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That infuriated liberal activists, who scrambled to get Democrats to keep quiet and "stop message erosion," as a Senate aide put it, until they had time to dig into Ashcroft's past and shape a grass-roots campaign against him. But that will take some doing; even Ted Kennedy counts Ashcroft as a friend. "He's an able person, and he's got a good mind, and he's a hard worker," Kennedy told TIME. "We've tangled on policy issues," he added, predicting that "there will be sharp questioning over whether he's going to be in the mainstream or on the edges." Ashcroft is a good note dropper who dashes off friendly cards to Republicans and Democrats alike. After his bitter Senate loss to the late Mel Carnahan in November, he sent a page-long handwritten note to Democratic leader Tom Daschle, thanking him for his friendship and help during the previous six years. Ashcroft said his only regret was that they didn't get to know each other better.
Chances are they will now. A quirk in the calendar and Constitution has seen to it that the Democrats will actually be in control of the Senate for the 17 days leading up to Bush's Inauguration. While no final votes will be taken before then, temporary Judiciary Committee chairman Patrick Leahy plans to open hearings on Ashcroft and may even call as a witness Ronnie White, the African-American judicial nominee whose candidacy Ashcroft famously torpedoed in 1999. White, the first black member of the Missouri Supreme Court, was Bill Clinton's choice for a federal district court seat. Ashcroft single-handedly built the opposition that crushed White, charging that his record showed "a tremendous bent toward criminal activity." It was the first time the full Senate rejected a judicial nominee since Robert Bork in 1987.
Civil rights groups cried foul and vowed revenge. "It really was a case of John Ashcroft misleading the U.S. Senate," says People for the American Way chief Ralph Neas. "Ronnie White wasn't anti- death penalty or pro-criminal." White had voted to uphold death penalties in 41 out of 59 capital cases that came before him, his allies noted. In most of the cases where he didn't uphold death sentences, he wasn't alone--the decision was unanimous. And in two of six cases in which White wrote for the majority upholding a death sentence, he did so over the dissent of justices appointed by Ashcroft.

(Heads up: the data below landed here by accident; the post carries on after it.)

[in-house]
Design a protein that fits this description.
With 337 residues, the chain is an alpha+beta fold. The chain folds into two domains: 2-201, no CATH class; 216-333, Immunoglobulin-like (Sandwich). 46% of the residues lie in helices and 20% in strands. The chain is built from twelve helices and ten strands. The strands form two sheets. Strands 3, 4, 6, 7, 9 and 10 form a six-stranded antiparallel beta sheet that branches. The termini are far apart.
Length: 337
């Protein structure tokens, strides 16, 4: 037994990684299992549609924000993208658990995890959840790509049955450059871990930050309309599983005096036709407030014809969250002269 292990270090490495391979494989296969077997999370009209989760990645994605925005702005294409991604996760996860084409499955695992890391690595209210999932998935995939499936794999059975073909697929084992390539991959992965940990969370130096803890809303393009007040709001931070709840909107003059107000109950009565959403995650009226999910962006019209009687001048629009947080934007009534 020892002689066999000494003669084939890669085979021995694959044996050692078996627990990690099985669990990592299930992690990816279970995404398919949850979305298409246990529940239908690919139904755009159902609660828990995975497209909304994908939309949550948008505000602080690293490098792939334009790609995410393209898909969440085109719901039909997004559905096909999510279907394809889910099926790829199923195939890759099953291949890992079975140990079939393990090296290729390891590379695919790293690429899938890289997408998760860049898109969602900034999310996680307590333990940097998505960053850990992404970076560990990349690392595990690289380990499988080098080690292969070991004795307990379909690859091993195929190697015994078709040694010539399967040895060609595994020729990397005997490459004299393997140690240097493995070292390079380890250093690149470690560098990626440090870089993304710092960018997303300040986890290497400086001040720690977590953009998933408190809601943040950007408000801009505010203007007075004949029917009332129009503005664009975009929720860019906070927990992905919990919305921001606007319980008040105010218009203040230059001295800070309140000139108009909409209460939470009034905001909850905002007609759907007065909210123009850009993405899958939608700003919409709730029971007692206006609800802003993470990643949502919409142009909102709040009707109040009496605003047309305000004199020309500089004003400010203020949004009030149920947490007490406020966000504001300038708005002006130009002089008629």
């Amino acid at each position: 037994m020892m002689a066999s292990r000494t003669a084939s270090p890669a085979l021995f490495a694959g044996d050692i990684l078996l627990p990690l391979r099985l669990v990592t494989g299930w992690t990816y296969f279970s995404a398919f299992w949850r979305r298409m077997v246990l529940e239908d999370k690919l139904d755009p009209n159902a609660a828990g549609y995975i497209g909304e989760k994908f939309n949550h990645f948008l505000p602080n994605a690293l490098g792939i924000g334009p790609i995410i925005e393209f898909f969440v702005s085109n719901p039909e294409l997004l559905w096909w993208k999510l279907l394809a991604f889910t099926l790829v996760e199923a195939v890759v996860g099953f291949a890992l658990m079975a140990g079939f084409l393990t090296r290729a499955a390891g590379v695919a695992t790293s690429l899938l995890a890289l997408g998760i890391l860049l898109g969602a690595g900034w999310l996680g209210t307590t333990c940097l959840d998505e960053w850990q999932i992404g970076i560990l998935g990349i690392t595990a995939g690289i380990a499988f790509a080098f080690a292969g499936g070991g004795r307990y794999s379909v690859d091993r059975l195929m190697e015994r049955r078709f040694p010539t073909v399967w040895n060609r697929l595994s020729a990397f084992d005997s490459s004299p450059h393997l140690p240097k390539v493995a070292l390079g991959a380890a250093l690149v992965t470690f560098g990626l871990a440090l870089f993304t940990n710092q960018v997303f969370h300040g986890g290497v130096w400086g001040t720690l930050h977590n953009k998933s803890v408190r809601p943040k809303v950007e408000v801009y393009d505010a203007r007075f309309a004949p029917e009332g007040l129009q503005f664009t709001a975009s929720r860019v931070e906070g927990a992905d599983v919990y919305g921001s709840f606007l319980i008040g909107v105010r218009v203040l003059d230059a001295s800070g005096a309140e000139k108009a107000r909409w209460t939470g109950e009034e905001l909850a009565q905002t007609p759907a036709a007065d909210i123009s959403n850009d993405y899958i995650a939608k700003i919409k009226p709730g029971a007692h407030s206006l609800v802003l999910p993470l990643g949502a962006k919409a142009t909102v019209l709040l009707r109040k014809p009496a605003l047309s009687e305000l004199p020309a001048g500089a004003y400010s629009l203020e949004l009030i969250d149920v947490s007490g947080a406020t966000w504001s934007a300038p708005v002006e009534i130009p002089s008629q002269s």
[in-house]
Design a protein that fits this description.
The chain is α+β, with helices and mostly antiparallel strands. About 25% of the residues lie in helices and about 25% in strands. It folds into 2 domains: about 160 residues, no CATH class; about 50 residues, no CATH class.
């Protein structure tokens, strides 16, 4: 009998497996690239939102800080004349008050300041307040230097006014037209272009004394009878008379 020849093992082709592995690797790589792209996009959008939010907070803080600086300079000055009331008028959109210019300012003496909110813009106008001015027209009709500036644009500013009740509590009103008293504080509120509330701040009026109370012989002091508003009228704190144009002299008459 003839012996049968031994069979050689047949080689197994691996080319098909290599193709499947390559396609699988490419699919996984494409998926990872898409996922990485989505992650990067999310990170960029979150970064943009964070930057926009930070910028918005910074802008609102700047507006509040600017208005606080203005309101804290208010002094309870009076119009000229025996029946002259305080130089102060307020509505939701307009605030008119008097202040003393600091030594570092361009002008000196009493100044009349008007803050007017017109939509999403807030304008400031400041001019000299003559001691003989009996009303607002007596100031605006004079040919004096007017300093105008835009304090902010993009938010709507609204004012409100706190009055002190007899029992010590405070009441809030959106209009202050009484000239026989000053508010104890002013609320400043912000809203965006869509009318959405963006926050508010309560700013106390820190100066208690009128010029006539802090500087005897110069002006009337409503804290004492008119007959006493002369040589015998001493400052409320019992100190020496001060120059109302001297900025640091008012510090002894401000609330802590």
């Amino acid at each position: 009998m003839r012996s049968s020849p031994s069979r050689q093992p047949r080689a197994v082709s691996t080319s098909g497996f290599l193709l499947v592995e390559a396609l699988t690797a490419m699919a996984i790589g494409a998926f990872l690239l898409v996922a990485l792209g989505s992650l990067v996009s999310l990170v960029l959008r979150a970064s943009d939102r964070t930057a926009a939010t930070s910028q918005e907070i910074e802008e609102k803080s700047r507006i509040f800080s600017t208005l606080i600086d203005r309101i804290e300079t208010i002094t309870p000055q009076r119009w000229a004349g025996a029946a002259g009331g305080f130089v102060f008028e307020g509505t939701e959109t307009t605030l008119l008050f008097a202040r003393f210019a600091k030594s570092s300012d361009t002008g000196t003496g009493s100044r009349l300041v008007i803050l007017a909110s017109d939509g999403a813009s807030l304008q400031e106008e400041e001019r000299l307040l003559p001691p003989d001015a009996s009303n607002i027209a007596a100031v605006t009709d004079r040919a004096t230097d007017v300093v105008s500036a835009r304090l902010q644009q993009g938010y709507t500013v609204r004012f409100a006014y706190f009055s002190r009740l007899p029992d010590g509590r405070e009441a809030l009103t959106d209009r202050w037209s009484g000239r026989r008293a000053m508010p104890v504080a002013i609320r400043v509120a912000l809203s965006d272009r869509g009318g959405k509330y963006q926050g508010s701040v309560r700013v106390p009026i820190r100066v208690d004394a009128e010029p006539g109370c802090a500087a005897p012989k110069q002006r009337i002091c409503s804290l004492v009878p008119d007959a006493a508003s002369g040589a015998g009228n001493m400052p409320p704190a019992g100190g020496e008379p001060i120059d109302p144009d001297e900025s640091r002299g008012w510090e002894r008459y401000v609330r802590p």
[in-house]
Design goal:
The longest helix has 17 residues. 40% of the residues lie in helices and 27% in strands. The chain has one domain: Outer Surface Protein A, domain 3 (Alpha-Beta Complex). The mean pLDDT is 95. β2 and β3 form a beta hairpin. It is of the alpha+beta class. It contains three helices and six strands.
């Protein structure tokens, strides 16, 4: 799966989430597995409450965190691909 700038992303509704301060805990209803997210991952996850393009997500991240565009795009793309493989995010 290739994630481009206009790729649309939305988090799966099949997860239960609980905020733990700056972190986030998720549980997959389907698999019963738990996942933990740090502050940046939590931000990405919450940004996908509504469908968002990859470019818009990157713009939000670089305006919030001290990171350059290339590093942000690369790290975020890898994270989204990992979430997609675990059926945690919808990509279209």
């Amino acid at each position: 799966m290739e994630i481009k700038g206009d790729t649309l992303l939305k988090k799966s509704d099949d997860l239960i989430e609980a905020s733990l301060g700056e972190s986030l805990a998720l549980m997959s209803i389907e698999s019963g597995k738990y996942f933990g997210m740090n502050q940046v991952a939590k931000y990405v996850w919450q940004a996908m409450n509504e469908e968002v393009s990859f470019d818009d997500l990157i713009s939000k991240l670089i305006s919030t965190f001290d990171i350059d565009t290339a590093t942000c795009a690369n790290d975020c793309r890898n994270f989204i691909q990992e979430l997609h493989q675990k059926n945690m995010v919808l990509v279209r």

But Ashcroft allies counter that Ashcroft could not ignore a case in which White was the lone vote to overturn a death penalty--the notorious case of Missouri cop killer James Johnson. In 1991 a sheriff's deputy arrived at Johnson's house after Johnson threatened his wife and daughter with a gun. Johnson shot the deputy in the back, then in the head. He then drove to the home of the local sheriff and shot the sheriff's wife five times during a holiday party; she died in front of her family. He wounded another deputy and killed two more outside the sheriff's office before he was captured. His insanity defense was unsuccessful, and the Supreme Court upheld the sentence. But in his dissent, Judge White argued that Johnson had been represented by incompetent counsel.